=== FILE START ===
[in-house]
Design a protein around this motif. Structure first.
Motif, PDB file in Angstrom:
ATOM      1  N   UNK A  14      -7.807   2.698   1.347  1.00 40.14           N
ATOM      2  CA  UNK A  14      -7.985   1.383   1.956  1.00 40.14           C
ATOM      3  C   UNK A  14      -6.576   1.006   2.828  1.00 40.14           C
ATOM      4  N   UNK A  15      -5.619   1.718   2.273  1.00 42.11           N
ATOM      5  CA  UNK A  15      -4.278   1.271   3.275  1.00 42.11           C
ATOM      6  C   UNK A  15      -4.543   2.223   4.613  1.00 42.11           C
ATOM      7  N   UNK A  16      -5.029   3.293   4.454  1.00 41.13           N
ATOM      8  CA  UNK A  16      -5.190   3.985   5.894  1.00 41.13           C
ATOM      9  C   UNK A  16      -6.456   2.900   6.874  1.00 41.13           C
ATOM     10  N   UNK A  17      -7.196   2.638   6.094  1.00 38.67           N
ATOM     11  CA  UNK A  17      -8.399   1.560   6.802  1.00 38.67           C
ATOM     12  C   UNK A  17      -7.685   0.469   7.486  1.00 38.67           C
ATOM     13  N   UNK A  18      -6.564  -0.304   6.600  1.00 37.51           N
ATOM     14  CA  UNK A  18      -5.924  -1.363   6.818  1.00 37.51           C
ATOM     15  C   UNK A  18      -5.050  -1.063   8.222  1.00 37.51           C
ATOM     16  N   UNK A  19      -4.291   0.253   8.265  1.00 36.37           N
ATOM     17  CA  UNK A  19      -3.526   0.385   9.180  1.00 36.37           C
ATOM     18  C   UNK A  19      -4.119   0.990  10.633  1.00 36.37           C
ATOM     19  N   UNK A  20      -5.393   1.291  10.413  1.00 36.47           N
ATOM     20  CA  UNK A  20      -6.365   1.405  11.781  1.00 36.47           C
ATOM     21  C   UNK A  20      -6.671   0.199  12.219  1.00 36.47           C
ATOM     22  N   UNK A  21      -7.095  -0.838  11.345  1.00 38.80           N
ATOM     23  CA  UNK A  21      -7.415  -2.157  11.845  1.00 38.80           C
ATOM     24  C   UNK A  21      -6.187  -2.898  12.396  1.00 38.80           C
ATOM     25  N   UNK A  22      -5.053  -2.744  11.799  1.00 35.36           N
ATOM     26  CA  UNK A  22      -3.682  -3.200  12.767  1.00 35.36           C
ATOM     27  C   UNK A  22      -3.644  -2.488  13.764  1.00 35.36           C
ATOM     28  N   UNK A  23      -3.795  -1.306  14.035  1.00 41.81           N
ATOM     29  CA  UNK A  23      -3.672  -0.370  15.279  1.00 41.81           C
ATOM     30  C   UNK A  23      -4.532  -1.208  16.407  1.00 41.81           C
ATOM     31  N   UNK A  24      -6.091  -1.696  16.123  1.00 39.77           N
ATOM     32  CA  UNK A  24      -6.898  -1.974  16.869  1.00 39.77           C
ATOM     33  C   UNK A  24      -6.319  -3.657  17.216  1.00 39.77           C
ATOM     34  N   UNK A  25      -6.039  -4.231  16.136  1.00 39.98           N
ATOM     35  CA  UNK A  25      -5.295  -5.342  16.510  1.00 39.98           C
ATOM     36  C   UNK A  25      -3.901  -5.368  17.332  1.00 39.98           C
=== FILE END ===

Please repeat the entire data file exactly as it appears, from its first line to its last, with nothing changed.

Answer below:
[in-house]
Design a protein around this motif. Structure first.
Motif, PDB file in Angstrom:
ATOM      1  N   UNK A  14      -7.807   2.698   1.347  1.00 40.14           N
ATOM      2  CA  UNK A  14      -7.985   1.383   1.956  1.00 40.14           C
ATOM      3  C   UNK A  14      -6.576   1.006   2.828  1.00 40.14           C
ATOM      4  N   UNK A  15      -5.619   1.718   2.273  1.00 42.11           N
ATOM      5  CA  UNK A  15      -4.278   1.271   3.275  1.00 42.11           C
ATOM      6  C   UNK A  15      -4.543   2.223   4.613  1.00 42.11           C
ATOM      7  N   UNK A  16      -5.029   3.293   4.454  1.00 41.13           N
ATOM      8  CA  UNK A  16      -5.190   3.985   5.894  1.00 41.13           C
ATOM      9  C   UNK A  16      -6.456   2.900   6.874  1.00 41.13           C
ATOM     10  N   UNK A  17      -7.196   2.638   6.094  1.00 38.67           N
ATOM     11  CA  UNK A  17      -8.399   1.560   6.802  1.00 38.67           C
ATOM     12  C   UNK A  17      -7.685   0.469   7.486  1.00 38.67           C
ATOM     13  N   UNK A  18      -6.564  -0.304   6.600  1.00 37.51           N
ATOM     14  CA  UNK A  18      -5.924  -1.363   6.818  1.00 37.51           C
ATOM     15  C   UNK A  18      -5.050  -1.063   8.222  1.00 37.51           C
ATOM     16  N   UNK A  19      -4.291   0.253   8.265  1.00 36.37           N
ATOM     17  CA  UNK A  19      -3.526   0.385   9.180  1.00 36.37           C
ATOM     18  C   UNK A  19      -4.119   0.990  10.633  1.00 36.37           C
ATOM     19  N   UNK A  20      -5.393   1.291  10.413  1.00 36.47           N
ATOM     20  CA  UNK A  20      -6.365   1.405  11.781  1.00 36.47           C
ATOM     21  C   UNK A  20      -6.671   0.199  12.219  1.00 36.47           C
ATOM     22  N   UNK A  21      -7.095  -0.838  11.345  1.00 38.80           N
ATOM     23  CA  UNK A  21      -7.415  -2.157  11.845  1.00 38.80           C
ATOM     24  C   UNK A  21      -6.187  -2.898  12.396  1.00 38.80           C
ATOM     25  N   UNK A  22      -5.053  -2.744  11.799  1.00 35.36           N
ATOM     26  CA  UNK A  22      -3.682  -3.200  12.767  1.00 35.36           C
ATOM     27  C   UNK A  22      -3.644  -2.488  13.764  1.00 35.36           C
ATOM     28  N   UNK A  23      -3.795  -1.306  14.035  1.00 41.81           N
ATOM     29  CA  UNK A  23      -3.672  -0.370  15.279  1.00 41.81           C
ATOM     30  C   UNK A  23      -4.532  -1.208  16.407  1.00 41.81           C
ATOM     31  N   UNK A  24      -6.091  -1.696  16.123  1.00 39.77           N
ATOM     32  CA  UNK A  24      -6.898  -1.974  16.869  1.00 39.77           C
ATOM     33  C   UNK A  24      -6.319  -3.657  17.216  1.00 39.77           C
ATOM     34  N   UNK A  25      -6.039  -4.231  16.136  1.00 39.98           N
ATOM     35  CA  UNK A  25      -5.295  -5.342  16.510  1.00 39.98           C
ATOM     36  C   UNK A  25      -3.901  -5.368  17.332  1.00 39.98           C